Sleep apnea worsens heart disease, yet often untreated
Health care experts urge increased awareness of obstructive sleep apnea among people with cardiovascular disease or risk factors such as high blood pressure, according to a new scientific statement from the American Heart Association, published today in Circulation.
Obstructive sleep apnea (OSA) occurs in 40% to 80% of people with cardiovascular disease, yet it is under-recognized and undertreated, according to the statement. OSA occurs when an upper airway obstruction causes repeated episodes of disrupted breathing during sleep. Symptoms include snoring, lapses in breathing, fragmented sleep and daytime sleepiness. In general, about 34% of middle-aged men and 17% of middle-aged women meet the criteria for OSA.
“Obstructive sleep apnea can negatively impact patients’ health and increase the risk of cardiovascular events and death. This statement is to encourage increased awareness, screening and treatment as appropriate for sleep apnea,” said Chair of the scientific statement writing group Yerem Yeghiazarians, M.D., FAHA, professor of medicine and the Leone-Perkins Family Endowed Chair in Cardiology at the University of California, San Francisco.
Risk factors for OSA include obesity, large neck circumference, craniofacial abnormalities, smoking, family history and nighttime nasal congestion. OSA is associated with several cardiovascular complications, as detailed in Figure 2 of the statement:
high blood pressure—OSA is present in 30-50% of people with high blood pressure, and up to 80% of those who have resistant, or hard-to-treat high blood pressure;
heart rhythm disorders such as atrial fibrillation and sudden cardiac death;
worsening heart failure;
worsening coronary artery disease and risk of heart attack;
Pulmonary hypertension (PH) – as many as 80% of people with PH have OSA; and
Metabolic syndrome and Type 2 diabetes.
While there’s no consensus that screening for OSA alters clinical outcomes, the high prevalence of OSA among people with cardiovascular disease, along with evidence that OSA treatment improves patient quality of life, are reasons to screen and provide treatment, according to the statement writing group.
“Patients report better mood, less snoring, less daytime sleepiness, improved quality of life and work productivity with OSA treatment,” Yeghiazarians said. “In addition, screening advances have changed how we diagnose and treat obstructive sleep apnea. For example, many patients do not have to go to an overnight sleep study center anymore. There are now sleep devices approved by the FDA that patients use at home and send back to their doctor for assessment. And, while a continuous positive airway pressure (CPAP) machine is one form of treatment, there are numerous therapeutic options—from positional therapy and weight loss to oral appliances and surgery—depending on the cause and severity of someone’s OSA.”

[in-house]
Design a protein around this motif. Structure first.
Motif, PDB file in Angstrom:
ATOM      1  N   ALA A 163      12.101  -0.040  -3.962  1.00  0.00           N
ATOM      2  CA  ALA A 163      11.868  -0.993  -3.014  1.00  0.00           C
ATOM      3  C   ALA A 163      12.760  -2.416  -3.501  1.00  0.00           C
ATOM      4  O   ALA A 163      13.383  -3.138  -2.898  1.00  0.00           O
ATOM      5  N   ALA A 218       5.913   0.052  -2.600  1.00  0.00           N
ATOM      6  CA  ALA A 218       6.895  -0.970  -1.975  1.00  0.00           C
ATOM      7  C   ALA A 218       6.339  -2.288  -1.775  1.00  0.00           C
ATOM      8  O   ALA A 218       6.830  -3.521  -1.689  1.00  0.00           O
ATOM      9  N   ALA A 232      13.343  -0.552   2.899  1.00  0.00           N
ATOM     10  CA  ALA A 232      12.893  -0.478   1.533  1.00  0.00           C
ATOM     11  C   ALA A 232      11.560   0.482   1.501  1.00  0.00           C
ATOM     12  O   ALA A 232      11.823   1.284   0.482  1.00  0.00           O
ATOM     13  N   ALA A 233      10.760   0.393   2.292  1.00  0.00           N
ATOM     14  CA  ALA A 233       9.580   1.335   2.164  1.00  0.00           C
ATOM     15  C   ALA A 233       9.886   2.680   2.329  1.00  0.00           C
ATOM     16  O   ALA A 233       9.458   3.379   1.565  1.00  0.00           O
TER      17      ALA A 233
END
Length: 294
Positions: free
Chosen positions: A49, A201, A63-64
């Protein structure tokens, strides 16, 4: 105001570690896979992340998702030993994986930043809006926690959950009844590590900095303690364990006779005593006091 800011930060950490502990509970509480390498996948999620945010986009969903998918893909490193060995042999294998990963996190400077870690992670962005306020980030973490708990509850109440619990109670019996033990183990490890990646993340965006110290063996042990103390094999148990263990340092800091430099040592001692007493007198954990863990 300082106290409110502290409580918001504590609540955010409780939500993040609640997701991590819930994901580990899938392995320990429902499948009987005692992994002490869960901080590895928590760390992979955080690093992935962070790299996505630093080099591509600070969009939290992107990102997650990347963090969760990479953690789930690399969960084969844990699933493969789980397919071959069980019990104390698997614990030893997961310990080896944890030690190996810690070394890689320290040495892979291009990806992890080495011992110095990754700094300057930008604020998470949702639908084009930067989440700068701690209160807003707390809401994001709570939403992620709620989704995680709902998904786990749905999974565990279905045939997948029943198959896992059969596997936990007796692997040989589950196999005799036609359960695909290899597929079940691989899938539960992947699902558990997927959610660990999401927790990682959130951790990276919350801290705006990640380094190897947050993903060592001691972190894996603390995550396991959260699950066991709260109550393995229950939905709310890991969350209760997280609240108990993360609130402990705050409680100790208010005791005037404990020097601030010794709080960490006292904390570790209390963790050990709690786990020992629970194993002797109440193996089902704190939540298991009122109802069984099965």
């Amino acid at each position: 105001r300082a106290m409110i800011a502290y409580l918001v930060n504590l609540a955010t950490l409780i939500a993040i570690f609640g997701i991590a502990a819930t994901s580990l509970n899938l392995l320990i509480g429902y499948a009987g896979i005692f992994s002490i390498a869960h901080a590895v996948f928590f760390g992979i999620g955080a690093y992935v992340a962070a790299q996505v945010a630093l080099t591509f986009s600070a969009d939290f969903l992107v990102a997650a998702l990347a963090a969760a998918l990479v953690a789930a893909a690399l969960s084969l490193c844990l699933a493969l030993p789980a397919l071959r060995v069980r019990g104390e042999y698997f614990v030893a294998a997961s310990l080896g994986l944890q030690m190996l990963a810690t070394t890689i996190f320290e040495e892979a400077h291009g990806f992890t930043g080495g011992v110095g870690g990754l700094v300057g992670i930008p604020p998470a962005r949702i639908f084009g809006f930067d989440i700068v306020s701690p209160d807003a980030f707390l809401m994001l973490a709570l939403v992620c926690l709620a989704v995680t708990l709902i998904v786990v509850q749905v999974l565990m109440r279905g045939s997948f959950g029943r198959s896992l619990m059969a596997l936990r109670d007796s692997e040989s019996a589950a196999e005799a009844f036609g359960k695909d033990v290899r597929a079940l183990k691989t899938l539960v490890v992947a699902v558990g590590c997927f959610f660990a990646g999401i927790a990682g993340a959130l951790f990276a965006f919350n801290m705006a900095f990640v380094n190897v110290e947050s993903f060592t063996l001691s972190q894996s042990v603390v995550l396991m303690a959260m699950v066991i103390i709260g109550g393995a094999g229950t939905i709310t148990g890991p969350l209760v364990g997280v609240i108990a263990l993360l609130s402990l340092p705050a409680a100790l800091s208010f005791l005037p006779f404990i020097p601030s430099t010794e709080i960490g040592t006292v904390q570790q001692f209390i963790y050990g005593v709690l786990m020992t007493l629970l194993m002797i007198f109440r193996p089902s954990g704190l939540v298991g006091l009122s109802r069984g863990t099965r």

The authors suggest:
Screening for OSA in patients with resistant or difficult to control hypertension, pulmonary hypertension and atrial fibrillation that recurs despite treatment.
Screening for OSA via a sleep study for some patients with heart failure, especially if sleep-disordered breathing or excessive daytime sleepiness are suspected.
Treating patients diagnosed with OSA with available therapies, potentially including lifestyle and behavior modifications and weight loss.
When possible, treating patients with severe OSA with a CPAP machine.
Treating mild to moderate OSA cases with oral appliances that adjust the jaw and tongue placement during sleep to prevent obstructed breathing.
Routine follow-up including overnight sleep testing to confirm if treatment is effective.
“Improvements in home diagnostic tools and more research on ways to identify cardiovascular risk in people with OSA are needed,” Yeghiazarians said. “Still, the overall message is clear: we need to increase awareness about screening for and treating OSA, especially in patients with existing cardiovascular risk factors.”
This scientific statement was prepared by the volunteer writing group on behalf of the American Heart Association’s Council on Clinical Cardiology; the Council on Peripheral Vascular Disease; the Council on Arteriosclerosis, Thrombosis and Vascular Biology; the Council on Cardiopulmonary, Critical Care, Perioperative and Resuscitation; the Stroke Council; and the Council on Cardiovascular Surgery and Anesthesia.